When is Eid al-Fitr and how do Muslim people celebrate it?

Ramadan is expected to end on 14 June this year, prompting celebrations as the 1.6 billion Muslims across the world mark the beginning of Eid al-Fitr.

Translated from Arabic as “the feast of the breaking of the fast”, the festival will begin as the moon rises on Thursday evening and can continue for up to three days.

Muslims observe a number of traditions during Eid, such as holding prayers and donating money to charity.

What is Eid al-Fitr?

Eid a-Fitr is the celebration that marks the end of Ramadan, the Islamic holy month during which Muslims fast during daylight hours and refrain from sexual activity, among other things.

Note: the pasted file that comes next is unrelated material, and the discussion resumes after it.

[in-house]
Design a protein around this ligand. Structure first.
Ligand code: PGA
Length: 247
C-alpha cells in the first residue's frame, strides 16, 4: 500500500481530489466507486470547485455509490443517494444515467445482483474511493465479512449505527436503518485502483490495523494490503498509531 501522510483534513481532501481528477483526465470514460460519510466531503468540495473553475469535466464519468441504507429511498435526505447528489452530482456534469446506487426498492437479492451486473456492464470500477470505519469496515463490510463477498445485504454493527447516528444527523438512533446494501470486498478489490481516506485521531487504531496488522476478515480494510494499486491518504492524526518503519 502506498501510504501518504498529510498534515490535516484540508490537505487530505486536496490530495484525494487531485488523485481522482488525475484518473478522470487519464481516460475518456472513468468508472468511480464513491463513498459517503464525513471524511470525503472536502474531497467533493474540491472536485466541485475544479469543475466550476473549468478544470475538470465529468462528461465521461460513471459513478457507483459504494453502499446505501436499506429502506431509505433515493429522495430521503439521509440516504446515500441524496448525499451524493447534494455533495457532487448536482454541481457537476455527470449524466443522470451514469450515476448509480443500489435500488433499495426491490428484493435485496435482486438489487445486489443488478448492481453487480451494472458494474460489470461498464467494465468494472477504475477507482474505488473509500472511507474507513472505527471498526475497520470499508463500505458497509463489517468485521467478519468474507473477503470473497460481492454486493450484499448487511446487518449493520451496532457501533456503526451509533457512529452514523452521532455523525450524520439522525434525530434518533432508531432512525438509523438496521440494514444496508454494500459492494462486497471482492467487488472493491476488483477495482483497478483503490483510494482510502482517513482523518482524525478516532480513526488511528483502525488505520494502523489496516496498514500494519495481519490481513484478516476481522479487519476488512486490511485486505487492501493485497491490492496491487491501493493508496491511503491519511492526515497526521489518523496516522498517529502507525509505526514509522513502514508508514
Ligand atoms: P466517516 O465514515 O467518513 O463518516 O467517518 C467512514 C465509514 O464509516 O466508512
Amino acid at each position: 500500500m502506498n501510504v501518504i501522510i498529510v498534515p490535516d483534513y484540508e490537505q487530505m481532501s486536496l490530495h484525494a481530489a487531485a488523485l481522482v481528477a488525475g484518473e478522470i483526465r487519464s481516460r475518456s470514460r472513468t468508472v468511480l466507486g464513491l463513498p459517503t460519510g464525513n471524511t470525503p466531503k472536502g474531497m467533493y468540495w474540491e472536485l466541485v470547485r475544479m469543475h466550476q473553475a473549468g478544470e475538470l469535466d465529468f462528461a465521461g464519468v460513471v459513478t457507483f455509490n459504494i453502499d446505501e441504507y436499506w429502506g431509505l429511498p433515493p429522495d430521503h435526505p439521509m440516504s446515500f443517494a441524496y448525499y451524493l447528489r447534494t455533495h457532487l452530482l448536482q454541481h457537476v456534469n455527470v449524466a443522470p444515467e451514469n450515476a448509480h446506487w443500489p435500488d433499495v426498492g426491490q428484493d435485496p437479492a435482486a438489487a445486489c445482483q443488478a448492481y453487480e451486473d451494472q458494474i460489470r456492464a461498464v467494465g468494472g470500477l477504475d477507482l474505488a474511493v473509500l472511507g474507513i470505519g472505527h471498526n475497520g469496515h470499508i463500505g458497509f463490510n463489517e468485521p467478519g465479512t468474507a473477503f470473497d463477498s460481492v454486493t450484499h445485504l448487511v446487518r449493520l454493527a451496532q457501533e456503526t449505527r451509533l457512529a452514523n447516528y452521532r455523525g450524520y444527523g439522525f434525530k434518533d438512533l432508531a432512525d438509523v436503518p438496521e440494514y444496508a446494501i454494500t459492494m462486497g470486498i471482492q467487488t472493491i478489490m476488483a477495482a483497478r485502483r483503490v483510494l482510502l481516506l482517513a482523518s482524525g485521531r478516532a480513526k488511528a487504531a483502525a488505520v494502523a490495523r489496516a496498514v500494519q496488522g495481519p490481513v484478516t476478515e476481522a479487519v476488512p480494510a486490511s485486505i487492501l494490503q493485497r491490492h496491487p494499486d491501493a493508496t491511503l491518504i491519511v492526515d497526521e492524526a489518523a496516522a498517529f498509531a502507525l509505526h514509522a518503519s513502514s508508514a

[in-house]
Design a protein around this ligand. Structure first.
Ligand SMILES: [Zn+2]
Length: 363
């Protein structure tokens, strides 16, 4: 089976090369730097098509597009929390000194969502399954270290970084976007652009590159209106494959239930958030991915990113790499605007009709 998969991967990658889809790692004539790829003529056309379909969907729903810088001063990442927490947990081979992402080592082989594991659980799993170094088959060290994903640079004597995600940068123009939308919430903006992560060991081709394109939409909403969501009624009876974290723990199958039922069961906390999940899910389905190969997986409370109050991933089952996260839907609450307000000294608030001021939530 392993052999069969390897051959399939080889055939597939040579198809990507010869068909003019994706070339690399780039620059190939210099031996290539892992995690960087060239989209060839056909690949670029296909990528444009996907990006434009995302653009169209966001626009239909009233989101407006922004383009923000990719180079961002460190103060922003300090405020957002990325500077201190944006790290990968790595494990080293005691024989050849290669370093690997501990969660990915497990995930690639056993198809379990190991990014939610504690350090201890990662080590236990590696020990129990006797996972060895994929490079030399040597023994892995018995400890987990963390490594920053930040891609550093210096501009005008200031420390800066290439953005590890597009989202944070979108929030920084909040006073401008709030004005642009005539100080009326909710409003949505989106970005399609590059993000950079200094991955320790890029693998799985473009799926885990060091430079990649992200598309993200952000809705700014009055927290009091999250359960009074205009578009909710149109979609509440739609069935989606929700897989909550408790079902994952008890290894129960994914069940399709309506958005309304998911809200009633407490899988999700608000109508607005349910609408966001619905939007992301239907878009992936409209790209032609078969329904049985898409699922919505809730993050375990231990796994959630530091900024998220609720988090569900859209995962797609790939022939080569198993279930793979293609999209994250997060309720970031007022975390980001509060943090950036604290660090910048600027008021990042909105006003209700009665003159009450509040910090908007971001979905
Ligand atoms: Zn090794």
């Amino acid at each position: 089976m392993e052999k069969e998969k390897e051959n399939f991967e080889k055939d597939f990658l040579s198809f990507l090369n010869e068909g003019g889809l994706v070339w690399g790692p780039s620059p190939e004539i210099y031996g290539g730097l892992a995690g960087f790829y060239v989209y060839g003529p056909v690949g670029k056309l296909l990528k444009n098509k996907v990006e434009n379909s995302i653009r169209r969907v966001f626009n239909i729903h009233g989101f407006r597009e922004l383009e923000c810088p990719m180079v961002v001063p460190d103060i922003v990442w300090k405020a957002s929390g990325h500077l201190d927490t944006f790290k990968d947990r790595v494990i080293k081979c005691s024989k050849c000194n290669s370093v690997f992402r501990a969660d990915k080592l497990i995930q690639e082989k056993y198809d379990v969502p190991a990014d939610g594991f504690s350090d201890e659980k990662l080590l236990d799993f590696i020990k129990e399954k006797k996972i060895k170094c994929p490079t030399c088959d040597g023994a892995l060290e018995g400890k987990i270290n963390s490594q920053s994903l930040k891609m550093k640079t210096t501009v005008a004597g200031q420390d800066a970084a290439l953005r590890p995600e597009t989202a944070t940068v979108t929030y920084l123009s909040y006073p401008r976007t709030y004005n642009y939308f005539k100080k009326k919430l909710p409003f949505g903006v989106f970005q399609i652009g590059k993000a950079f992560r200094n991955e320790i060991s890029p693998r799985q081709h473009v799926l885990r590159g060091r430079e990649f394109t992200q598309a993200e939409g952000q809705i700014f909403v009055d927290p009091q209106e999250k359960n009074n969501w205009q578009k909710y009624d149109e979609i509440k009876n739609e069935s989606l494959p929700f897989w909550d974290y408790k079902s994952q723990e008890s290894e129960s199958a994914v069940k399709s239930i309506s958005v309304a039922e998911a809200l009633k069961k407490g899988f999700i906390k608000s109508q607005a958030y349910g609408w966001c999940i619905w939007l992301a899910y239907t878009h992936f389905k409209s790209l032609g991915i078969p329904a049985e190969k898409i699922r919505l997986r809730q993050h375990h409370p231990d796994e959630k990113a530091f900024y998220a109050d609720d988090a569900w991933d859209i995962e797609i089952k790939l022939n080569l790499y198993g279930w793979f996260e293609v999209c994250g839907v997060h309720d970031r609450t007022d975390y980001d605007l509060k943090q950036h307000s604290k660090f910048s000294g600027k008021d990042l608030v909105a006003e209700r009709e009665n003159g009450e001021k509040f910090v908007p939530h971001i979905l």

Ramadan, considered one of the Five Pillars of Islam, lasts between 29 and 30 days, based on when a new moon is sighted by local religious authorities. The sighting means Eid can begin.

The holiday, considered one of the most important in the Islamic faith, has its own particular set of prayers, which Muslims will recite in congregation often in parks, community centres or at mosques.



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